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If at first you don’t succeed, try, try again. Over the years, many politicians have embraced this adage when it comes to running for — and, in some cases, eventually winning — higher office, but former Rep. Beto O’Rourke has taken it to another level. On Monday, he announced his candidacy for Texas governor in 2022, which will mark the third straight election cycle in which he’s made a bid for major office (he had a disappointing run in the 2020 Democratic presidential primary but came close to defeating Republican Sen. Ted Cruz in Texas’s 2018 Senate race).
But despite O’Rourke’s close finish in 2018, a Democrat still hasn’t won a statewide race in Texas since 1994, and given that the national environment seems likely to favor Republicans in 2022, O’Rourke might face an even more challenging campaign this time around. Still, Republican Gov. Greg Abbott is not as popular as he once was, so perhaps we shouldn’t be too quick to write off O’Rourke.
Following his 2018 reelection, Abbott’s job approval rating was clearly net positive (approval rating minus disapproval rating), but recent surveys suggest his standing has worsened to the point that more registered voters in Texas now disapprove of Abbott’s performance than approve.
Abbott’s approval slide has a few causes. First, his handling of the pandemic has received a lot of criticism from all corners in the state, and a late September poll from Quinnipiac University found more Texas voters (50 percent) disapproved of his handling of the pandemic than approved (46 percent). Second, Texas voters seem to still be disappointed by his administration’s response to the winter storms this past February and the failure of the state’s power grid. Earlier this month, a survey conducted by YouGov on behalf of the University of Texas-Austin and The Texas Tribune found that 60 percent of Texas voters disapproved of how state leaders and the legislature had dealt with the reliability of the grid, which was the highest disapproval mark for any issue asked about in the poll. Finally, Abbott’s numbers may have also suffered in the aftermath of the Texas GOP’s push to essentially ban abortions and to allow the concealed carry of handguns without a permit — both being pieces of legislation that Abbott signed into law. A Dallas Morning News/University of Texas-Tyler poll from early September found that 50 percent of registered voters opposed permit-less concealed carry, while the Quinnipiac survey found 53 percent disapproved of Abbott’s handling of abortion.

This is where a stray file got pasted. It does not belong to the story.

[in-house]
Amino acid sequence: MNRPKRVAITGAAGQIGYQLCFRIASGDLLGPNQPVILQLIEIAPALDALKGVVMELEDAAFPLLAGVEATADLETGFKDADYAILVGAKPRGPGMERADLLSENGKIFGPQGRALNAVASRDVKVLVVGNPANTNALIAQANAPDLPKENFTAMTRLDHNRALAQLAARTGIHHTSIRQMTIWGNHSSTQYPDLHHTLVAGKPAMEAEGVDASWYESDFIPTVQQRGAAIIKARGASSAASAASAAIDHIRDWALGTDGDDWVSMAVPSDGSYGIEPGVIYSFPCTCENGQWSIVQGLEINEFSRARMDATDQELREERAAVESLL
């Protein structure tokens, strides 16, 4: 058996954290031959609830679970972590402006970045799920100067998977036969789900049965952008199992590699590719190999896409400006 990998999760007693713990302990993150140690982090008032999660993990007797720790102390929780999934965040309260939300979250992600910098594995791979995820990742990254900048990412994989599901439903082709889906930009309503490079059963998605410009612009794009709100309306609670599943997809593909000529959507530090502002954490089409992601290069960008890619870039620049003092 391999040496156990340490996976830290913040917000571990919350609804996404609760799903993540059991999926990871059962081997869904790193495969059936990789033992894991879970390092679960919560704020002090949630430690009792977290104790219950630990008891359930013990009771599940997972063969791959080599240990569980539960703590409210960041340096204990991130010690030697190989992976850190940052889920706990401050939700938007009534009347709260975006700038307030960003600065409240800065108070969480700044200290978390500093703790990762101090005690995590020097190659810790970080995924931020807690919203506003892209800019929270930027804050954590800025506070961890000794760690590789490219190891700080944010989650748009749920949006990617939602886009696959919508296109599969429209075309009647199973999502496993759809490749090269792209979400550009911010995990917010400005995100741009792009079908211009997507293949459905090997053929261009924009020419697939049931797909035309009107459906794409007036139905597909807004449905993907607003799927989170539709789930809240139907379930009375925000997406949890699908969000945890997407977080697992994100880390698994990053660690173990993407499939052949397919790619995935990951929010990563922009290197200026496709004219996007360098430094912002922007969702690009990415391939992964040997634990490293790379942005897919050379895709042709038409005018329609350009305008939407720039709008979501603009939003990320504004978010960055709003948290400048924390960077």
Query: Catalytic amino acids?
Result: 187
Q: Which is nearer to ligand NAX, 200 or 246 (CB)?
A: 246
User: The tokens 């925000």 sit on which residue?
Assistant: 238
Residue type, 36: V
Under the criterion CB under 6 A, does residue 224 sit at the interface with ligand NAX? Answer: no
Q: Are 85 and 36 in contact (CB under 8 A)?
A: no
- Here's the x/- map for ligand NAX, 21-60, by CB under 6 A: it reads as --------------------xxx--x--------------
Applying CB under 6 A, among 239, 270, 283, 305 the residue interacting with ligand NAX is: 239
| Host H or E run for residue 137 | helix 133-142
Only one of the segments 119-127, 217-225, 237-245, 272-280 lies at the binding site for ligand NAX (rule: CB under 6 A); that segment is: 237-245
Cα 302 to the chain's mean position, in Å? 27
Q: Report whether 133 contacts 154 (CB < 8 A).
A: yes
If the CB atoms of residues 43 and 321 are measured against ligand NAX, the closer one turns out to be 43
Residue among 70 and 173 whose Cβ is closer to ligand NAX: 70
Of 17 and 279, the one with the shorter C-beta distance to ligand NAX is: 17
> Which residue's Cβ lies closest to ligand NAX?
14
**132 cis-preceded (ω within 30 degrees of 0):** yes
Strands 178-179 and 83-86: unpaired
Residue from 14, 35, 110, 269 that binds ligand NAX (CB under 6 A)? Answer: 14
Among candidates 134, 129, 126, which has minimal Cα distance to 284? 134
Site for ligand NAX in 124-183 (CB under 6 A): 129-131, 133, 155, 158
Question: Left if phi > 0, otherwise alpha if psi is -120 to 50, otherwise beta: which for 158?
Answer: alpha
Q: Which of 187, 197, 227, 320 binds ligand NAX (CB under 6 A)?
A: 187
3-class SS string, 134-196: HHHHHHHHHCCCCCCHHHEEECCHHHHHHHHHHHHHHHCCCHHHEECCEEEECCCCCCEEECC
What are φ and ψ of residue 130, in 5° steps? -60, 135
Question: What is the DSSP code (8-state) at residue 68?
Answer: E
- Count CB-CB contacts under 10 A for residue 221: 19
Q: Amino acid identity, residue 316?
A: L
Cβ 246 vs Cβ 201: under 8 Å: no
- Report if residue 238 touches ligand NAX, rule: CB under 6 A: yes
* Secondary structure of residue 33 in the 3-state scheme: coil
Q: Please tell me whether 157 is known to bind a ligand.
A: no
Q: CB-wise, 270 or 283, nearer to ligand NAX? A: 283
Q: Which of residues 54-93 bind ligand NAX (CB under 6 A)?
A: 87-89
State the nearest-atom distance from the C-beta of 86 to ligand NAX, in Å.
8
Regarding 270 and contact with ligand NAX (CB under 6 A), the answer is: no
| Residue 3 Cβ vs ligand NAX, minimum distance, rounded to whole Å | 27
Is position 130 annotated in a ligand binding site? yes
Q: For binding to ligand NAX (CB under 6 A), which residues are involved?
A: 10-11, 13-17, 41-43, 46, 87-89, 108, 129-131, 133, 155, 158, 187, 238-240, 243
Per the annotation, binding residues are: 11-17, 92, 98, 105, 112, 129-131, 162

It’s no surprise, then, that the launch video for O’Rourke’s campaign touched on the failure of the electrical grid, as well as Texas’s new abortion and concealed-carry laws. And these issues might be a pathway for O’Rourke to win over independent voters, who are especially displeased with Abbott’s handling of these issues. For instance, the recent UT-Austin/Texas Tribune/YouGov survey found that 57 percent of independents disapproved of Abbott’s performance, and the surveys from Quinnipiac and Dallas Morning News/UT-Tyler found a plurality or majority of independents disapproved of Abbott’s handling of the pandemic, abortion and the concealed-carry law as a whole.
But while Texans aren’t thrilled with Abbott’s performance as governor, that doesn’t mean they’re necessarily inclined to prefer O’Rourke. In horse-race polls, Abbott has an early edge over O’Rourke: The UT-Austin/Texas Tribune/YouGov survey found Abbott ahead of O’Rourke by 9 percentage points, while the Dallas Morning News/UT-Tyler poll gave Abbott a 5-point edge back in September.
However, a Texas Hispanic Policy Foundation poll conducted by Rice University in October did find Abbott and O’Rourke running about even among registered voters, and voters also disliked the two equally (47 percent said they had an unfavorable opinion of each). At the same time, though, slightly more voters had a favorable opinion of Abbott (49 percent) than O’Rourke (44 percent). And in Quinnipiac’s poll, even though just 42 percent of registered voters said Abbott deserved to be reelected, only 33 percent thought O’Rourke would be a good governor — including just 26 percent of independents.
These weaker numbers for O’Rourke underscore some of his potential vulnerabilities as a candidate. Besides being a Democrat in Republican-leaning Texas, O’Rourke has also positioned himself on some issues in ways that could hurt him in the Lone Star State. Most memorably, in response to a question on gun control at a September 2019 presidential primary debate, O’Rourke said, “Hell yes, we’re going to take your AR-15, your AK-47,” essentially writing Republican attack ads for them in a state with a large number of gun owners. And beyond issues of gun control, Abbott’s campaign has been only too happy to go after O’Rourke with clips of the Democrat’s past praise for the Green New Deal and opposition to building a wall along the U.S.-Mexico border. With a massive $55 million in his campaign account, Abbott will be able to more than blanket the airwaves, social media and webpages with ads attacking O’Rourke on these points of weakness, too.